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Recently digitized and turned into a repo, the original Apollo 11 guidance computer source code has been made available for viewing on Github.

In MAIN.agc, the repo author comments that they

split the huge monolithic source code into smaller, more manageable chunks--i.e., into individual source # files.

A bit later, the author states

It may be reasonably asked why tens of thousands of lines of source are joined by means of inclusion, rather than simply assembling the source files individually and then linking them to form the executable. The answer is that the original development team had no linker.

I know what linkers are and I understand the point of them- but I've never heard of the phrase (as far as ASM goes) "joined by means of inclusion".

What does this mean? Considering that linkers are a big deal in programming, I'm curious what this substitution of linkers by "means of inclusion' is and how it works.

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    An example of "joined by means of inclusion" would be the #include directive in C. In other words, rather than the code bing compiled onto components that are then linked together, it looks like the $ notation includes the contents of that file, in order to generate one large source file. That one large source file is then compiled as a single entity. – David Arno Jul 18 '16 at 15:49
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    @DavidArno your comment seems like a better answer than either of the two answers currently on the board. – Ross Presser Jul 24 '16 at 1:37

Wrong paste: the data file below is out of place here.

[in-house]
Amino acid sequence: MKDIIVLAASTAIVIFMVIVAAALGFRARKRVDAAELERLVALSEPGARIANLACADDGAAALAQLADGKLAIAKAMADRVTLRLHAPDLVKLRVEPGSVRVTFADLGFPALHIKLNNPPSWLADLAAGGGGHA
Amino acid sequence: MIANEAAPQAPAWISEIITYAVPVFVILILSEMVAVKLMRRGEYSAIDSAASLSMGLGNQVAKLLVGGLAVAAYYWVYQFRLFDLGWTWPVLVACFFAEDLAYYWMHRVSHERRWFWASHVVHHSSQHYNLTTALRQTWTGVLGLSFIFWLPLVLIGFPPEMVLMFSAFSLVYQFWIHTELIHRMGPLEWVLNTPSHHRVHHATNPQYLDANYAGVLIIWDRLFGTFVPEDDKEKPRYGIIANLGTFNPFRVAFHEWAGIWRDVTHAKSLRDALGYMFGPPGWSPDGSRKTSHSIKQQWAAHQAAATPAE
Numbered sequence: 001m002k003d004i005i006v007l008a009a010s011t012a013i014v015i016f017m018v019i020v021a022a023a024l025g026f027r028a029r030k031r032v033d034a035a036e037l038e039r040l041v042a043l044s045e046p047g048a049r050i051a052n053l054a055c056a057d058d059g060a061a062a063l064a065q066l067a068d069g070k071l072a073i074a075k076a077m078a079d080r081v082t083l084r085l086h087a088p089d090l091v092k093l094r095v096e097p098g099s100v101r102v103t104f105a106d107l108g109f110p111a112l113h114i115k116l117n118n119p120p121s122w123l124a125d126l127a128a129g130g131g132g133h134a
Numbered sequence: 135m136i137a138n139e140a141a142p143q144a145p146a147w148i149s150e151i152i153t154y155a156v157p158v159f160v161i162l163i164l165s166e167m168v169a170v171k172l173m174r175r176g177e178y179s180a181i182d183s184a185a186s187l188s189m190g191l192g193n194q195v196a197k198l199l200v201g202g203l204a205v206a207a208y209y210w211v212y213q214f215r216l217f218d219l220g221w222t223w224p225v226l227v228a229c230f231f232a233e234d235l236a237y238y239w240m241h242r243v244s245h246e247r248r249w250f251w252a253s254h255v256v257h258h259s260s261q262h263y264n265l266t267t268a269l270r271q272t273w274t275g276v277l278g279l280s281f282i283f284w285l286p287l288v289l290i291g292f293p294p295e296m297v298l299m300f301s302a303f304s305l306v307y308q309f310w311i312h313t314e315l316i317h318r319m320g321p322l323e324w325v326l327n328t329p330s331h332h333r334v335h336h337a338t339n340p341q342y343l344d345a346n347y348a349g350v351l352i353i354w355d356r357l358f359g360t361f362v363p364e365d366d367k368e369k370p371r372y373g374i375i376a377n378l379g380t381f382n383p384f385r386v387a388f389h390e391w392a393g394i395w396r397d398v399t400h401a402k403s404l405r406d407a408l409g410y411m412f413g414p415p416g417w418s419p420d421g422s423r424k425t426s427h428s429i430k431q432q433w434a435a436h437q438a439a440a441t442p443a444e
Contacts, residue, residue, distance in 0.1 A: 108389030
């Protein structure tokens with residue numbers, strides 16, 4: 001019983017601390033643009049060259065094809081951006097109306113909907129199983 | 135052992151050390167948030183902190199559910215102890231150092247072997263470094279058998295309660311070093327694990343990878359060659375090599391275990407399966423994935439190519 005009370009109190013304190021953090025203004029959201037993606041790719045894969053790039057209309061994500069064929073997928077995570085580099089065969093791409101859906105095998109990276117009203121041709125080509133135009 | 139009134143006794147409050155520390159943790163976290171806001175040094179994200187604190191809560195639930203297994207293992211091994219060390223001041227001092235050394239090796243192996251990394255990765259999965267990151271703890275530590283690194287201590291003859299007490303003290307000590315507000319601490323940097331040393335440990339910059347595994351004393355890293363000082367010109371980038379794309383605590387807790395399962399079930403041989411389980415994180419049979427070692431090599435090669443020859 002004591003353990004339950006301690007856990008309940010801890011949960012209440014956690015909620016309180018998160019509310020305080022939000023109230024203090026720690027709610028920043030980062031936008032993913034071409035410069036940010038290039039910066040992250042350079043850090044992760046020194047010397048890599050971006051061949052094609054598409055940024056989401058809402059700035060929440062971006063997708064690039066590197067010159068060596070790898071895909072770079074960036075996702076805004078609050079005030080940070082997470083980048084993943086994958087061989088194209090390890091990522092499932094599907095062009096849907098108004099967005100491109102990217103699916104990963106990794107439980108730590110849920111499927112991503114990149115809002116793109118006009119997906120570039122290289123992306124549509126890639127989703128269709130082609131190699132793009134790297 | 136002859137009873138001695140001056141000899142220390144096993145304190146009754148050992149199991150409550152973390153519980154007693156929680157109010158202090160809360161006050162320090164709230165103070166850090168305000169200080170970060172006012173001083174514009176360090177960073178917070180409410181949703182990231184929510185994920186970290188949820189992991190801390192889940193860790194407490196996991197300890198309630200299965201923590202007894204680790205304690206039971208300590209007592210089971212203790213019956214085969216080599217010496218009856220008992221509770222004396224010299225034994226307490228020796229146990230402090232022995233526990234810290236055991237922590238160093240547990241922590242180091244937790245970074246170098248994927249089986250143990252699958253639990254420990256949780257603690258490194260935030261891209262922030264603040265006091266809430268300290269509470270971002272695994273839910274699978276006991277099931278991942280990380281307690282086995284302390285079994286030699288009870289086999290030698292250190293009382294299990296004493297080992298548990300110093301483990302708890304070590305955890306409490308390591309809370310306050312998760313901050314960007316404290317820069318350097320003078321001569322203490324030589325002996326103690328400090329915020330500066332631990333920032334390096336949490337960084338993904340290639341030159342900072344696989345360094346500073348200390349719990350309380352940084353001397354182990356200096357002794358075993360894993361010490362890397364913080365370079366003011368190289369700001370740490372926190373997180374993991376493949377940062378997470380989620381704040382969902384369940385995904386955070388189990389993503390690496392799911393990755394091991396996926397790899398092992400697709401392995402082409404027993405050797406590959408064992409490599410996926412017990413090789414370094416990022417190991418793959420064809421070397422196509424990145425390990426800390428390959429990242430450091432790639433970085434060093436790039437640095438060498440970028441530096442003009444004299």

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They seem to mean simple textual concatenation / insertion. In other words, even though the source text was split into individual files, the program wasn't split into modules.

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How does simple inclusion compare with linking?

So simple inclusion is accomplished by using #include "someCFile.c".

By default linkers will add a runtime library. With inclusion, this would have to be included.

I suspect that inclusion would take less space as the objects would not need to have tables containing entry points and potentially variables with names. In dynamic linking, the entry point table has to be there. I am not sure if static linking would remove it or not, thou I suspect that it doesn't.

In term of processing speed, inclusion is probably a bit faster (definitely in the case of dynamically linked libraries), however it is not as flexible, they is multiple applications could not share the same library.

Considering binary size, inclusion would be bigger.

Considering compile time, inclusion would take longer.

For the NASA navigation computer simple inclusion was ok as the navigation computer only ran one program.

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    I don't think this answers the question "what it is and how it works". – tofro Sep 29 '16 at 9:33
  • tofro: I interpreted the "What does it mean?" as what would it mean from a practical standpoint in terms of binary size and execution speed. – Robert Baron Jan 5 '17 at 14:44
  • "inclusion would be bigger" - Don't get this. If code is in, it's in and uses space - regardless how it got into the binary. Don't even agree on compile time - a full build is going to take identical time. You only gain speed when doing incremental builds, and I doubt this was already practised in the 60ies – tofro Jan 5 '17 at 15:05
  • The execution speed would be faster as all of the functions of a minimal operating system are within the executable, so these are just calls as opposed to using interrupts (I am considering a minimal operating system such as DOS where it used the interrupts of the 8086 to make system calls). Also, as the entire operating system would be included, this would consume more space than when it is not and would add to the compile time. – Robert Baron Jan 5 '17 at 18:16

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